I had stopped on the bridge over the River Onny down Corvedale Road and saw a flash of blue. There it was on a branch over the running water before of it flitted up the River again .

A photograph of a Kingfisher

Kingfisher

I have been lucky enough to watch a kingfisher diving several times for fish from a branch over the River Onny just past Kingfisher Corner on the Onny Meadows.

Kingfishers have a bright blue back with a copper orange breast, it is usually a flash of blue that catches the eye.

They have stout bodies, large heads, short stubby tails and long dagger like bills. The males have a black bill and the females have a orangy/red bottom Bill. Their wingspan is 25cm and they are 16cm long.

Kingfisher have no song but make a high pitched peeping sound when flying low over water.

Kingfisher nest in burrows on the river bank, which they both excavate right near the food supply. They can have between 3 and 10 white glossy eggs which they both incubate, over 19 to 21 days.

The chicks take 24 to 25 days to fledge, eating between 12 and 18 fish each per day. In years when food is scarce they can take up to 37 days to fledge.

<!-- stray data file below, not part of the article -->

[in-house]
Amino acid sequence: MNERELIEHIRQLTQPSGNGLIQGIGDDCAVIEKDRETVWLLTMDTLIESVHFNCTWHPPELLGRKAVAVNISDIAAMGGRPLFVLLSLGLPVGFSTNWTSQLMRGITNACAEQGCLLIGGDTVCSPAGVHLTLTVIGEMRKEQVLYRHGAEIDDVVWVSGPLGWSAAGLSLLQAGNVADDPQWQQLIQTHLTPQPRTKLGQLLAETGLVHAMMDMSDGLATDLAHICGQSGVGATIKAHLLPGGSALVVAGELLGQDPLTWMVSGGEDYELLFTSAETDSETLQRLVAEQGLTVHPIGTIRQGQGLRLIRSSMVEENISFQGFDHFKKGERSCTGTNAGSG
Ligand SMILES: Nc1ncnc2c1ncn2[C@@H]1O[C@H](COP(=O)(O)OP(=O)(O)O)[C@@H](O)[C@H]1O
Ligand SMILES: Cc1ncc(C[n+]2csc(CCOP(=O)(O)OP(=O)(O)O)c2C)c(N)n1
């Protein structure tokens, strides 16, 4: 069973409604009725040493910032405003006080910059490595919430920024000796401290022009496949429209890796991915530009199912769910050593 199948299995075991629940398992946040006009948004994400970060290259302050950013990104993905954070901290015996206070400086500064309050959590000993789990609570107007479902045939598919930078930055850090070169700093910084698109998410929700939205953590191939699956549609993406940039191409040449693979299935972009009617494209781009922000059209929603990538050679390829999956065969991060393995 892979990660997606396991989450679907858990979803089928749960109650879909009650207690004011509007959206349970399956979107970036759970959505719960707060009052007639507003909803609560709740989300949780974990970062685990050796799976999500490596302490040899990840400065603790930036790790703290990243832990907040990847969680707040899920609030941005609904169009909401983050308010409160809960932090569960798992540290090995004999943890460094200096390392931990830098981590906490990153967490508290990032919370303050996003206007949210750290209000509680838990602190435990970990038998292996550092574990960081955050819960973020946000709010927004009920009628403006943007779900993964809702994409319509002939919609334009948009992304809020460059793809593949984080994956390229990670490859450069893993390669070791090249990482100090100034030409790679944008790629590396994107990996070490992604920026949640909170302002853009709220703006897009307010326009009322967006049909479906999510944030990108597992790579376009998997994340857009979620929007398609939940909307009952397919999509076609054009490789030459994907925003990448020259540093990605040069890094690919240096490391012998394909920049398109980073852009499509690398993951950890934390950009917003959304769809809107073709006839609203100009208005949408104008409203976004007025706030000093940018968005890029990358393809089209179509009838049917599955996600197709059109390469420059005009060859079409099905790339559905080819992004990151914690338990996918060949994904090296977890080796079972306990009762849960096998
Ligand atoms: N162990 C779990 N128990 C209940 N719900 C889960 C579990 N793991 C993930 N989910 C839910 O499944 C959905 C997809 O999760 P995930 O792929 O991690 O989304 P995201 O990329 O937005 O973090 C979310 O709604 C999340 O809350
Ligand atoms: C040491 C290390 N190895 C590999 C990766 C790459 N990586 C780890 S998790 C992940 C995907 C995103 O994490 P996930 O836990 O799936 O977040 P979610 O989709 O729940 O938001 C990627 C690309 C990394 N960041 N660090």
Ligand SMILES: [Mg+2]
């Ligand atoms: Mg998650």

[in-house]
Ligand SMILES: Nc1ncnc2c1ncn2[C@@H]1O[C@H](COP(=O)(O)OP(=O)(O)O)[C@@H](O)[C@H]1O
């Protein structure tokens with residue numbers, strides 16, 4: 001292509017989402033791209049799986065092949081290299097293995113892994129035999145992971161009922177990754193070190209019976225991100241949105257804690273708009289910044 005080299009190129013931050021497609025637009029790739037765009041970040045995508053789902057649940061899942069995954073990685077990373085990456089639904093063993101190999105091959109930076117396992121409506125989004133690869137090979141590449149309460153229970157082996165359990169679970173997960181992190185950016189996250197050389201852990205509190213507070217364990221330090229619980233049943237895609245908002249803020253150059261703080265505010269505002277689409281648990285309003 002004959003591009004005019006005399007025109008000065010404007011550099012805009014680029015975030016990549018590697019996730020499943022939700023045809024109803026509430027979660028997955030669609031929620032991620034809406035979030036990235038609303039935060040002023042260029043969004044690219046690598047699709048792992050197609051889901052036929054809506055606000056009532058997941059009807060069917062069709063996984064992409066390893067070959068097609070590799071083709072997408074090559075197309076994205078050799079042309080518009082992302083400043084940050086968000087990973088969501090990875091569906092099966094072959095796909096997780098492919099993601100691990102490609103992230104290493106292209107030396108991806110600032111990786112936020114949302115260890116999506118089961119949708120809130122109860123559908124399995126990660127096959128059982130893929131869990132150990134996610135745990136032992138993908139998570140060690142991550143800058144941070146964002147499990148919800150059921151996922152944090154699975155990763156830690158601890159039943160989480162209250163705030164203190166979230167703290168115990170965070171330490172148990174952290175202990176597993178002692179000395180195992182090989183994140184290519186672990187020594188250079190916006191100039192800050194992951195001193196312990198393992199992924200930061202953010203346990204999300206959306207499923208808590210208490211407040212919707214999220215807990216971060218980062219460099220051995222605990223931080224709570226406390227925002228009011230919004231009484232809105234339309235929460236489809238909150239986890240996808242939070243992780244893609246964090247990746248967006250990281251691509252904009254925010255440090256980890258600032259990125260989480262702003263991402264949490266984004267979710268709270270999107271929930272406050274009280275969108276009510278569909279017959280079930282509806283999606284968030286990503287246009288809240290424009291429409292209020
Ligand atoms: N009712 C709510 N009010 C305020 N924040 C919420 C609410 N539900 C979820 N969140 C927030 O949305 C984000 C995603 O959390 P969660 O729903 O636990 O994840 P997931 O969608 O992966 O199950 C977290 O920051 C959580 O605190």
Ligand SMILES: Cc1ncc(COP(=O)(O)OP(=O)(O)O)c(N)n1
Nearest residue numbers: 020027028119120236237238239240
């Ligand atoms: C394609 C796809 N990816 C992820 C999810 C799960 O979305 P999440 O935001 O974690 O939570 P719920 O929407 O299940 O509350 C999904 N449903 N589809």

Kingfishers couples divide their Summer territory between them in Winter. They have a territory of about a kilometre each, this can be as much as 5kilometres. They need to eat 60% of their body weight each day.

Kingfishers are very territorial and will display on branches. If they have to resort to fighting they hold their opponents beak and try to hold it under water.

Around the World there as ninety species of Kingfisher but we in Britain have one of the most beautiful.

The image used in this blog post is from Wikimedia and is used under the Creative Commons Attribution-Share Alike 3.0 Unported license.

We’re Good To Go

Here at Folly View “We’re Good To Go” and able to use the We’re Good To Go symbol.

The AA have arranged the We’re Good To Go initiative following The Covid 19 pandemic.

We're Good To Go Logo from Visit England COVID-19 Industry Standard

The We’re Good To Go symbols on our website show we have successfully completed a questionnaire of competence.

It reminds us all to keep our distance and to keep washing our hands.

We also asking guests to take their shoes off before entering the main rooms of Folly View to minimise transfer of infections at this time.

All these things, including stripping the beds at the end of your stay, help us to complete a deep clean at the end of your stay and before the next guests arrive.

It does smell a bit like a hospital at present but we want to make sure we keep everyone safe and well.

Visit England COVID-19 Industry Standard We're Good To Go Certificate for Folly View Let

We’re Good To Go shows we are working hard to keep our customers and ourselves safe.

Flounders’ Folly Heritage Open Days